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Species richness and endemism in the native flora of California.
Published Web Locationhttps://onlinelibrary.wiley.com/doi/abs/10.3732/ajb.1600326
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Premise of the studyCalifornia's vascular flora is the most diverse and threatened in temperate North America. Previous studies of spatial patterns of Californian plant diversity have been limited by traditional metrics, non-uniform geographic units, and distributional data derived from floristic descriptions for only a subset of species.
MethodsWe revisited patterns of sampling intensity, species richness, and relative endemism in California based on equal-area spatial units, the full vascular flora, and specimen-based distributional data. We estimated richness, weighted endemism (inverse range-weighting of species), and corrected weighted endemism (weighted endemism corrected for richness), and performed a randomization test for significantly high endemism.
Key resultsPossible biases in herbarium data do not obscure patterns of high richness and endemism at the spatial resolution studied. High species richness was sometimes associated with significantly high endemism (e.g., Klamath Ranges) but often not. In Stebbins and Major's (1965) main endemism hotspot, Southwestern California, species richness is high across much of the Peninsular and Transverse ranges but significantly high endemism is mostly localized to the Santa Rosa and San Bernardino mountains. In contrast, species richness is low in the Channel Islands, where endemism is significantly high, as also found for much of the Death Valley region.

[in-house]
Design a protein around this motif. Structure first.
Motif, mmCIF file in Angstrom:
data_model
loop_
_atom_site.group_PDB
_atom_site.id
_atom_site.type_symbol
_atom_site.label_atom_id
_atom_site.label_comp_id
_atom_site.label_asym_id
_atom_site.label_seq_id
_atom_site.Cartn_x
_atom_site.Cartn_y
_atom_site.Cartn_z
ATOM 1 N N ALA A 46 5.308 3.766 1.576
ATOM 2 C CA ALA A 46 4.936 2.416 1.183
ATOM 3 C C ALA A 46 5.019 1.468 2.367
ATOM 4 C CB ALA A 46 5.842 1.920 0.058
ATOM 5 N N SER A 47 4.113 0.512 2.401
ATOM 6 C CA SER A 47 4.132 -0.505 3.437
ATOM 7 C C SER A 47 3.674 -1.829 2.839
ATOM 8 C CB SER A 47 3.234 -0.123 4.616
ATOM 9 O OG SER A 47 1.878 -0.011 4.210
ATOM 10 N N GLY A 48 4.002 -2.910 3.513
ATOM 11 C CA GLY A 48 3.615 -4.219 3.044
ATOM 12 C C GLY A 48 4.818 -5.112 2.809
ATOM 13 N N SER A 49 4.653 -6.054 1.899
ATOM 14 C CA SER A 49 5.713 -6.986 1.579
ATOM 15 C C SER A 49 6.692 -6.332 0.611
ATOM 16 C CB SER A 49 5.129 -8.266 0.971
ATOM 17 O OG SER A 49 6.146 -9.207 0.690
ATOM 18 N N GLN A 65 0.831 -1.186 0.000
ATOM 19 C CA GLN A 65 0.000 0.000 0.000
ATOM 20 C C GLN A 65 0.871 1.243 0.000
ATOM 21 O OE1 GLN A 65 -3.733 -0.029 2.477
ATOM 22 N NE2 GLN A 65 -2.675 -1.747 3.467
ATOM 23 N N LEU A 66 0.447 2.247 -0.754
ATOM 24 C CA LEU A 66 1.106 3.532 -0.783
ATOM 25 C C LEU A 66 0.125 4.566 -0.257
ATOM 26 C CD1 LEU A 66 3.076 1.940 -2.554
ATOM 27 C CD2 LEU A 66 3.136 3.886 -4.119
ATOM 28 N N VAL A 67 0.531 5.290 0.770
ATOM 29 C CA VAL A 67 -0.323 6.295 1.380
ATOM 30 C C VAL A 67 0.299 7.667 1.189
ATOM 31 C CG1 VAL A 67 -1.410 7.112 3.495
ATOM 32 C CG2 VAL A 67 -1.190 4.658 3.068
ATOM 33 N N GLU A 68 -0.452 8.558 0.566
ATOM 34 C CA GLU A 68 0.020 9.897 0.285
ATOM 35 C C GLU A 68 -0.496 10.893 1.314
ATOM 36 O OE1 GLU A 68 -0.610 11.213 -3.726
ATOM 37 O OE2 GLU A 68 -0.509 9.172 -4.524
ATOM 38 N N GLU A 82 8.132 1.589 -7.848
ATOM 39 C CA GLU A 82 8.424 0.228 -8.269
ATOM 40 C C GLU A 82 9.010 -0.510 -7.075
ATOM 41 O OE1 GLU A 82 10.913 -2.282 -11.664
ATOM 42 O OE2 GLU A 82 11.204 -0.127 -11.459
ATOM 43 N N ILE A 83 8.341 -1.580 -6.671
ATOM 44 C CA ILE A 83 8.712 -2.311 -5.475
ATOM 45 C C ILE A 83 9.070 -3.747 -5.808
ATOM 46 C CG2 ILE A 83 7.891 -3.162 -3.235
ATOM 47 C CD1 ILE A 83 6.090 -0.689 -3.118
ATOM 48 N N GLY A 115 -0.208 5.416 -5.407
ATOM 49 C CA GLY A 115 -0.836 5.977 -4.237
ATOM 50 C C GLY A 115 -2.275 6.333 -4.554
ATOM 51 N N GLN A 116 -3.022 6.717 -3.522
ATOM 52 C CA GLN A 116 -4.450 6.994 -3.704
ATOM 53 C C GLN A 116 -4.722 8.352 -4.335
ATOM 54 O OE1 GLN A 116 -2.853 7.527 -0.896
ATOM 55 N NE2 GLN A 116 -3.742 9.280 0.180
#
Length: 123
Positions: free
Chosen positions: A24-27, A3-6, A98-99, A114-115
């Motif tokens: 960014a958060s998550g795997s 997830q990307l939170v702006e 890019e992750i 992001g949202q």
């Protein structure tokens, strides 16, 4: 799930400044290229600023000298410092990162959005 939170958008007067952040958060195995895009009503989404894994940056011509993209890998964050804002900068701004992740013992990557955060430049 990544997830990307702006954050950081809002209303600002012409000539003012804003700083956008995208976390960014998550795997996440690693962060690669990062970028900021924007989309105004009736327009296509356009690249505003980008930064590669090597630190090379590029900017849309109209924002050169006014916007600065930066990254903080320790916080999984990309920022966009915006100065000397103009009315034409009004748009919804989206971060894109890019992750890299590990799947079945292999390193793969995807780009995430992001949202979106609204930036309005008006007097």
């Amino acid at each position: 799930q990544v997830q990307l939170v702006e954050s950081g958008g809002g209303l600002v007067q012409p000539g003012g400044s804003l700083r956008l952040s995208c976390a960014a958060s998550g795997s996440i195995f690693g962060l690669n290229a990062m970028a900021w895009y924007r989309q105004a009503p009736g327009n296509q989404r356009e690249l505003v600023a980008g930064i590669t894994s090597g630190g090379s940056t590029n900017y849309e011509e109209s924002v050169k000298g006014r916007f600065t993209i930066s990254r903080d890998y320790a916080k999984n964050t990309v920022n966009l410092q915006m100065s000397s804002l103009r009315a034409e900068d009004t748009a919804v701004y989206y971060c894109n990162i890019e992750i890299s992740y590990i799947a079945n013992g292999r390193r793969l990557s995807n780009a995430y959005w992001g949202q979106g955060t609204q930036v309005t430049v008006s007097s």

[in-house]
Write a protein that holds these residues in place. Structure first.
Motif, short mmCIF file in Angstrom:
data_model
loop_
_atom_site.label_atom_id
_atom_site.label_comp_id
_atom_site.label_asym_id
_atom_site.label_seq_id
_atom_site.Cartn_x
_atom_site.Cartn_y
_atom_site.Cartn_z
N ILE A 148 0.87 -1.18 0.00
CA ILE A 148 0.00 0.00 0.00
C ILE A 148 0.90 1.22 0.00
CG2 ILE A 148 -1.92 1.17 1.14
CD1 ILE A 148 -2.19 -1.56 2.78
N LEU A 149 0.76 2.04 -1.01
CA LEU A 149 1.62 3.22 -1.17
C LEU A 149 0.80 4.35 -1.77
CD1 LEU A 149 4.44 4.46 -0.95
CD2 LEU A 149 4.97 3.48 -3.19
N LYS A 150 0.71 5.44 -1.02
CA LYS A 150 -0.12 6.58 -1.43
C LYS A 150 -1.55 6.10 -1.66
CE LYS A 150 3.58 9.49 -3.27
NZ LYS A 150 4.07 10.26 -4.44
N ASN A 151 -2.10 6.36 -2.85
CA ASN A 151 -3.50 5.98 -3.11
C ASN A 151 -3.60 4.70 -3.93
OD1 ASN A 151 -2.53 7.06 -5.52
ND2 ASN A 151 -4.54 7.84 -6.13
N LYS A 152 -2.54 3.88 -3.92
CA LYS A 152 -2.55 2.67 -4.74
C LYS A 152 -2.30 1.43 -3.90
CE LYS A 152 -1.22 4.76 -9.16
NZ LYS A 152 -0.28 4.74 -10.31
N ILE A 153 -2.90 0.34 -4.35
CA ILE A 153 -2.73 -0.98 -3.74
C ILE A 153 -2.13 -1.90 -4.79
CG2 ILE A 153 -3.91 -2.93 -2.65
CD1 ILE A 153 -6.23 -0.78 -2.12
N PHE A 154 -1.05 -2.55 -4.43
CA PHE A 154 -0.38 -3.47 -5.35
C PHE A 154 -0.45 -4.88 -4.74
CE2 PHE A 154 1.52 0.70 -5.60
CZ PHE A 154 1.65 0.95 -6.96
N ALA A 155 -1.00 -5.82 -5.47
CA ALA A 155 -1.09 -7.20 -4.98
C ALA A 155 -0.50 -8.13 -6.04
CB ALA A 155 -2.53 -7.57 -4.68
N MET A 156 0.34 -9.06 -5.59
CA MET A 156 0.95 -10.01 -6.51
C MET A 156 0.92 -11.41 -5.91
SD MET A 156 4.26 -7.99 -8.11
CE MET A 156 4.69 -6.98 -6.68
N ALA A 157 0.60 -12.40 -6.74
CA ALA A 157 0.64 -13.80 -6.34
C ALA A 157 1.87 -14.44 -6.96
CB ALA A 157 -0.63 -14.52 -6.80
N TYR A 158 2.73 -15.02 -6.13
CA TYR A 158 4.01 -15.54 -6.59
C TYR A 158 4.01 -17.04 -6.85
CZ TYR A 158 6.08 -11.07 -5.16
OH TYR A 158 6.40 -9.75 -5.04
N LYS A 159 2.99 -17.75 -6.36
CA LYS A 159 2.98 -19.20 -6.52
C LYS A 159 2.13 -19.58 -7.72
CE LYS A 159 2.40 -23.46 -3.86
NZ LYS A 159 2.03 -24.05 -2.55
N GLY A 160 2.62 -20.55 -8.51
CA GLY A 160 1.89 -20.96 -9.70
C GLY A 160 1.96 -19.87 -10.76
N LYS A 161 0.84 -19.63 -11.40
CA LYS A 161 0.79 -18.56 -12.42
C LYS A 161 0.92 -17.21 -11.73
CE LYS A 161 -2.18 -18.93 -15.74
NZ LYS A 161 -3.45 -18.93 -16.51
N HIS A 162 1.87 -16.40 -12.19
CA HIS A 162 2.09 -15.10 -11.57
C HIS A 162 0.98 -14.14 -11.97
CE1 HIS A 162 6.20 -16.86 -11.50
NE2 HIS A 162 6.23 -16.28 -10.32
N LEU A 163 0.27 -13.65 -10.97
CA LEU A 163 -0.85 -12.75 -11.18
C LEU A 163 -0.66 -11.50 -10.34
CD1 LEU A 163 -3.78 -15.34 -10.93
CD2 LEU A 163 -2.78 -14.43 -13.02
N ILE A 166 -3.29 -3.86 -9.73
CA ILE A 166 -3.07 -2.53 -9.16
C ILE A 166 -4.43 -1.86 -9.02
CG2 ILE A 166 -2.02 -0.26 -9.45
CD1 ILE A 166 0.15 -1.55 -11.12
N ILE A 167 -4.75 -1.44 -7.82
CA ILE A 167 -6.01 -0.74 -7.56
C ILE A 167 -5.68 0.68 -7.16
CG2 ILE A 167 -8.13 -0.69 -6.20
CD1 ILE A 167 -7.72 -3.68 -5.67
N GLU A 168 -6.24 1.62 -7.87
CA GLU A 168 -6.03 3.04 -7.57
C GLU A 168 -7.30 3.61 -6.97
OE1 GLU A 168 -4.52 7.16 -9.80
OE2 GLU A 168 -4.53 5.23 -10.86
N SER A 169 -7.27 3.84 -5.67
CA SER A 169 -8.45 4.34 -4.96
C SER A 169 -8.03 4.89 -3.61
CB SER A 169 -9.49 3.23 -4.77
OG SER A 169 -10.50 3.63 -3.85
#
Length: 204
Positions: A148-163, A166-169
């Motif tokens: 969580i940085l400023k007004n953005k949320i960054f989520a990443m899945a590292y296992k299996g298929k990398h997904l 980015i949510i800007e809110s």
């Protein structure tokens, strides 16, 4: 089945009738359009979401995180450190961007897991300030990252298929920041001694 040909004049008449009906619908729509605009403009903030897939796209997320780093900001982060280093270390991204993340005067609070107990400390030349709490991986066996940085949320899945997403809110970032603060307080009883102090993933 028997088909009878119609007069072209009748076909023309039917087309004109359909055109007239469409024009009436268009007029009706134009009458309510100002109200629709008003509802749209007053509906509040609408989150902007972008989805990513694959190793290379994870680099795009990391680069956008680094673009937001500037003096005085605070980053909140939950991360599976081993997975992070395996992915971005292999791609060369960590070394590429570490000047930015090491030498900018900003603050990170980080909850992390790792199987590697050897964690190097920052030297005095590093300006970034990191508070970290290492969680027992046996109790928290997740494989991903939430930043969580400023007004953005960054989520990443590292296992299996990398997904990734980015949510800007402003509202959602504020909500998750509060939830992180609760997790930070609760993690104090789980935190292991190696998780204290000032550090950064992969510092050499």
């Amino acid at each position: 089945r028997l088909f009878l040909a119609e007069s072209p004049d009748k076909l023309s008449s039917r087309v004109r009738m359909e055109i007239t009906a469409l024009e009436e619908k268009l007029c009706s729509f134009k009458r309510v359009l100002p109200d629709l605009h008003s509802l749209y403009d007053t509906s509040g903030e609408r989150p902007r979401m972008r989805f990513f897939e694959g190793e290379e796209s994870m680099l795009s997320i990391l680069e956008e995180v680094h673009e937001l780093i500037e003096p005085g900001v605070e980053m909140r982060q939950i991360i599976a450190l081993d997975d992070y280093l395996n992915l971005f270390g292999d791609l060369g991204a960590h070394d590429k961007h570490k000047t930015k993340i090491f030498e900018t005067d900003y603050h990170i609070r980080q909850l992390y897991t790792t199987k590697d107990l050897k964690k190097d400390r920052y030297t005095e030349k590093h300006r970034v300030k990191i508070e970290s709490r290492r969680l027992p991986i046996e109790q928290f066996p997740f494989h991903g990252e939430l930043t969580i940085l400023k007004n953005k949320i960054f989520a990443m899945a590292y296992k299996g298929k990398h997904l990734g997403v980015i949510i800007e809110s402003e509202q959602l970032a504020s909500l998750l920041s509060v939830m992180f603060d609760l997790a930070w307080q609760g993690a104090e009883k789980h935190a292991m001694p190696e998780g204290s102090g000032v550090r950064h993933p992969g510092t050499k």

ConclusionsMeasures of taxonomic richness, even with greater weighting of range-restricted taxa, are insufficient for identifying areas of significantly high endemism that warrant conservation attention. Differences between our findings and those in previous studies appear to mostly reflect the source and scale of distributional data, and recent analytical refinements.
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